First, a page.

I’ve just returned from one of the best days of my life. Yesterday (Thursday), I celebrated the Mass and had lunch with some of the finest young people in our diocese at Newman Catholic Schools in Wausau.

Truth be told, my day at Newman was to be the finale of a weeklong diocesan funfest celebrating the annual national Catholic Schools’ Week. Due to sickness and weather I only had the chance to celebrate two major events marking this special time of the year.

First of all, to start Catholic Schools’ Week, I celebrated the Mass for the annual Brains and Brawn activities last Saturday. The events, academic and athletic, were conducted at the facilities of Aquinas Catholic Schools in La Crosse. The Mass was celebrated in a near full Cathedral of Saint Joseph the Workman. So many of our parents, teachers, and students were there. We celebrated brains and brawn, with Spirit and Life! And it became clear at the start of this Catholic Schools’ Week we were working to raise the standard (this year’s national theme) and seriously consider Catholic education as the standard of excellence in our lives.

Next, I was due at the Newman Center and Saint Joseph Parish in Menomonie on Sunday evening. I had to cancel due to a bad head cold courtesy of temperature changes from Bolivia to La Crosse. We will reschedule the evening at Stout. I look forward to spending time with some of the “big kids,” too.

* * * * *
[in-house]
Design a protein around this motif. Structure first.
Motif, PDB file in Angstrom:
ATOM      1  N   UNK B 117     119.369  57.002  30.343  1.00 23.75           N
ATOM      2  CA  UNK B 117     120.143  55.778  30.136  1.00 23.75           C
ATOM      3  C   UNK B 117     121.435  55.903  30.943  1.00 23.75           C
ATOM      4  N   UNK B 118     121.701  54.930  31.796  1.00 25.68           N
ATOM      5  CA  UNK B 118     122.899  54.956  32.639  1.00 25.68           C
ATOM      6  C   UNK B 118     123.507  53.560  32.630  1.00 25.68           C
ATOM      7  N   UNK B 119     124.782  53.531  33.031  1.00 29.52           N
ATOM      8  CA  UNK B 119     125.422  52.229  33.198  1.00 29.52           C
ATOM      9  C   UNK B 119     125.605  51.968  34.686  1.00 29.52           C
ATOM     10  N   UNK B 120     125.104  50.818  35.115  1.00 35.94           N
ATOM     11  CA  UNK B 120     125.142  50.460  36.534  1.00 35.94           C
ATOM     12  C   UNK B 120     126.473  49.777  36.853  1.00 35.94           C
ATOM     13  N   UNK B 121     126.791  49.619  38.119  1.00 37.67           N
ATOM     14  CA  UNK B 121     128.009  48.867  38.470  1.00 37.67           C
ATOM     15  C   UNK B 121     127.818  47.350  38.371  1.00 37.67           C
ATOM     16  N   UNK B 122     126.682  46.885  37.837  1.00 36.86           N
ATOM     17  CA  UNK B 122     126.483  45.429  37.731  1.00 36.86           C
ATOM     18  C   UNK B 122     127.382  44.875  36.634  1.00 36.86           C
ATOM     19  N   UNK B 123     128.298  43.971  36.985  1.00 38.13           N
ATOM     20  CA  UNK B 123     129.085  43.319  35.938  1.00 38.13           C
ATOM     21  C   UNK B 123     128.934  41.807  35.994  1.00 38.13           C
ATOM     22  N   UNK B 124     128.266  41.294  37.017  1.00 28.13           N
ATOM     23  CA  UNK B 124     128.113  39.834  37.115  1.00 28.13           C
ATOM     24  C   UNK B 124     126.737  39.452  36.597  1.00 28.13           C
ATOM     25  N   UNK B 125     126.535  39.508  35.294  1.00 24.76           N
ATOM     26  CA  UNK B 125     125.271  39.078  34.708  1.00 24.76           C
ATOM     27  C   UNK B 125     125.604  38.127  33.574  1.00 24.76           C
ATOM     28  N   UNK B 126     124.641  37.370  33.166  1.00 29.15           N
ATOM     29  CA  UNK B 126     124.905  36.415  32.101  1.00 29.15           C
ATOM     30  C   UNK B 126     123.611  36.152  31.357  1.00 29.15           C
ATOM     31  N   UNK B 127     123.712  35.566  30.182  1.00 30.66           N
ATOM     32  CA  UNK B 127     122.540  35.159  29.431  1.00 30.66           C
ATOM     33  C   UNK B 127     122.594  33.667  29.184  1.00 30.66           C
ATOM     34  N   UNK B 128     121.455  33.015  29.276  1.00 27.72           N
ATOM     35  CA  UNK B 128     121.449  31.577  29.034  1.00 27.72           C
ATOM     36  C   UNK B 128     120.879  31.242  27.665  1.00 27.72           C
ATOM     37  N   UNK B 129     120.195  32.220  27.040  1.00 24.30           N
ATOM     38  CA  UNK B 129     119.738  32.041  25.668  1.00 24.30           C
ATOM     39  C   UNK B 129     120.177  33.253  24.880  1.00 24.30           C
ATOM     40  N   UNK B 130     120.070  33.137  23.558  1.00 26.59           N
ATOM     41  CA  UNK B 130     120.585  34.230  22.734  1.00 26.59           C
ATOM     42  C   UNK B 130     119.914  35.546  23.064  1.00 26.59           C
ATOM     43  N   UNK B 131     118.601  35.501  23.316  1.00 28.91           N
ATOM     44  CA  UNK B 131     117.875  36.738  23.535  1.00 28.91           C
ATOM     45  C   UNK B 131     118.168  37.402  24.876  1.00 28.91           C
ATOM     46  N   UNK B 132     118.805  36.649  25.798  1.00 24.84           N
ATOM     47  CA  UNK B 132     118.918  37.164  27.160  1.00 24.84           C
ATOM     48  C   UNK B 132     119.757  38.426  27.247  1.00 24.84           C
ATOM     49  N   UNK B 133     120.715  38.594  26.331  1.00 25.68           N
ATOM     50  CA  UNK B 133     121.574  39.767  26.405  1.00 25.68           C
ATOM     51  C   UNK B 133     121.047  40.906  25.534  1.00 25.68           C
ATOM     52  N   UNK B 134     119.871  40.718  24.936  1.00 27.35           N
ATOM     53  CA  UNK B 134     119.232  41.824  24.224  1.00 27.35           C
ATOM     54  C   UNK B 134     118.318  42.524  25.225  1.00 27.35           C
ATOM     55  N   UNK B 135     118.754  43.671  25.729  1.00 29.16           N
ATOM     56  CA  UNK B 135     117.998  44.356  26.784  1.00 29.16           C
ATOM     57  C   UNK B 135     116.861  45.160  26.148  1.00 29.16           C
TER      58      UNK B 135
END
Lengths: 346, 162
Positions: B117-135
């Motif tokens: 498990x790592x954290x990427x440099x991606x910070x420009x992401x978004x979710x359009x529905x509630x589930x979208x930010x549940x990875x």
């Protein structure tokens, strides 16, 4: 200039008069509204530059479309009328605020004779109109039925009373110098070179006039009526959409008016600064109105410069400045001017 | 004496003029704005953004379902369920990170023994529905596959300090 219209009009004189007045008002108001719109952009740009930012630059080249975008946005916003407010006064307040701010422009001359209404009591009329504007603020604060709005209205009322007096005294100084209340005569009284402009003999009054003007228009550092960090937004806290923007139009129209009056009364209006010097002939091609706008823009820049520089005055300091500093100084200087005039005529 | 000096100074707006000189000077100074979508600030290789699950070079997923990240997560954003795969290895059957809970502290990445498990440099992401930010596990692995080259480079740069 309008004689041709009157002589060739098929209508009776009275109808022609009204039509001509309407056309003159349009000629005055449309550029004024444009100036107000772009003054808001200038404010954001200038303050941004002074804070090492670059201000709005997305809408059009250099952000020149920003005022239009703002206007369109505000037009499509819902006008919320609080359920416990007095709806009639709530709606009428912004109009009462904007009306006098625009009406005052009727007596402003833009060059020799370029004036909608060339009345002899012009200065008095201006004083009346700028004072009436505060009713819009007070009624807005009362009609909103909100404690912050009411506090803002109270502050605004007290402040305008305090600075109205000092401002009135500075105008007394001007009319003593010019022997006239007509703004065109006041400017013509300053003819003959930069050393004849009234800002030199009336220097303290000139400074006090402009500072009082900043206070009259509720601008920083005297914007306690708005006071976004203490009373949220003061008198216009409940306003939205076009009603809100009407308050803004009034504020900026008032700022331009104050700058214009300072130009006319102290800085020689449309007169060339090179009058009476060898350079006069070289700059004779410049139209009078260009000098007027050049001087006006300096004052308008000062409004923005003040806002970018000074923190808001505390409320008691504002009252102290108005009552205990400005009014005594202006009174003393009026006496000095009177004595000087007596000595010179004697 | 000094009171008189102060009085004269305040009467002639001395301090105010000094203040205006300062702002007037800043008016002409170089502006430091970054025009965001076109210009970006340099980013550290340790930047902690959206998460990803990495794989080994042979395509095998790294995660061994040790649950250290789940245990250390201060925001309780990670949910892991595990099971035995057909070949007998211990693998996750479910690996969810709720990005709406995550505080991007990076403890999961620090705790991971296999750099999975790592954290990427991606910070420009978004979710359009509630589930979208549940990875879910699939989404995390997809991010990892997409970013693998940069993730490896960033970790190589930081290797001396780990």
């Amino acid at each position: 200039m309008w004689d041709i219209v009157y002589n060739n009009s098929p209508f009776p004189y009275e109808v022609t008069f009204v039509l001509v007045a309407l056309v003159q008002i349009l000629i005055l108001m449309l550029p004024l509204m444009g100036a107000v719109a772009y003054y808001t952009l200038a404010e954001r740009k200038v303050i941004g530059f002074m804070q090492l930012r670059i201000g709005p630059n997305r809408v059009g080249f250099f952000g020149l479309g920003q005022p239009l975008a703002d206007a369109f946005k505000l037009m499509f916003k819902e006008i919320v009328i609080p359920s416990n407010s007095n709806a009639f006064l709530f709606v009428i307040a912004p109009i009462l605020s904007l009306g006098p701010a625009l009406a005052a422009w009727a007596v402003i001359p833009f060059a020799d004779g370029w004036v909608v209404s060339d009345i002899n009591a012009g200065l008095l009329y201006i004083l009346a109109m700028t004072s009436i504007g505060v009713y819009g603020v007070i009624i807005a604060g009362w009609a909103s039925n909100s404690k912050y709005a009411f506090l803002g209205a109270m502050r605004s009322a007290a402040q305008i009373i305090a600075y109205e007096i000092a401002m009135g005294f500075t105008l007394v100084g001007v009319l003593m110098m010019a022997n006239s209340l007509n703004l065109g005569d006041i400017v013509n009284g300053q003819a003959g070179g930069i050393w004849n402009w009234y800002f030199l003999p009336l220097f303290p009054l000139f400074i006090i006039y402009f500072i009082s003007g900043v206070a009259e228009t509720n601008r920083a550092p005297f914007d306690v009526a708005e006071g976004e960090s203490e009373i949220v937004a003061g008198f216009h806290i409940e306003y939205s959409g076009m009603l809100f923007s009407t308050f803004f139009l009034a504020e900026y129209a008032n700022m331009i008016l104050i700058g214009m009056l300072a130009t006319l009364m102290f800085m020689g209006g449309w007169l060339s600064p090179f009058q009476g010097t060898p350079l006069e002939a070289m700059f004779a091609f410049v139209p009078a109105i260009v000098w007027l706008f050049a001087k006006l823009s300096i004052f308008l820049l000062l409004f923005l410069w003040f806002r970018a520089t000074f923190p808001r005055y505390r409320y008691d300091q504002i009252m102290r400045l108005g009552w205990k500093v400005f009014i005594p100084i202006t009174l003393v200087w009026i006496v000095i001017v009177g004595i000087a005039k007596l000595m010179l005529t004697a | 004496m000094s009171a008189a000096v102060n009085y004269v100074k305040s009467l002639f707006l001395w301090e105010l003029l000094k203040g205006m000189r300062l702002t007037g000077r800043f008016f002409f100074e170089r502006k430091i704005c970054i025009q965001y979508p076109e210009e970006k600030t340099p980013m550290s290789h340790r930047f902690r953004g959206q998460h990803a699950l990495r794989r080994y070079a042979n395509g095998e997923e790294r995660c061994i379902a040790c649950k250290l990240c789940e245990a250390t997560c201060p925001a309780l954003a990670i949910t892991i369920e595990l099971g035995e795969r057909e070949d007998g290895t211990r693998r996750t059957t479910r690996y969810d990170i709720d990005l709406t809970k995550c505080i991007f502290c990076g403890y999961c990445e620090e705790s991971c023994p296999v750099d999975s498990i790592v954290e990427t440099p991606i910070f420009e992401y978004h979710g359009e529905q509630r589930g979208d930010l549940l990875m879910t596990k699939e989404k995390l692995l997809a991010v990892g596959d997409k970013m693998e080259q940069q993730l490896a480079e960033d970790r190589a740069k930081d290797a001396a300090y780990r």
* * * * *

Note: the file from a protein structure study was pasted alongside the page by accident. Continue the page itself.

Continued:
Saint Mary’s Assumption, Durand; Saint Francis of Assisi, Ellsworth; and Saint Joseph, Menomonie, Catholic schools were on the docket for Monday. Alas, my cold and an ice storm prevented that celebration. We’re planning a rematch at this writing. Saint Mary’s in Tomah was to round out the week, but Wednesday’s blizzard put the kibosh on that one. Even though the roads were snow-covered, we made it to Wausau and I don’t think anyone was disappointed.

I am so proud of our Catholic schools. All seven systems are functioning at full throttle and doing well. All of our parish schools seem to be holding their own as well and fulfilling the mission of teaching as Jesus did!

Our schools cost a tremendous amount of money; and our parishes, assisted by the generous support of the Diocesan Annual Appeal (that’s you, too, folks) continue to scrape together the funds needed for operations and future growth. This is a wise investment – the investment in the Catholic education of our children. This investment is a value to our community at large; and, of course, an inestimable value to the future of our beloved Church.

I thank you from the bottom of my heart for your support, at whatever level, for our wonderful and essential Catholic Schools. Through them we raise the standard of living for all people!

Yes, I’ll see you at Sunday Mass.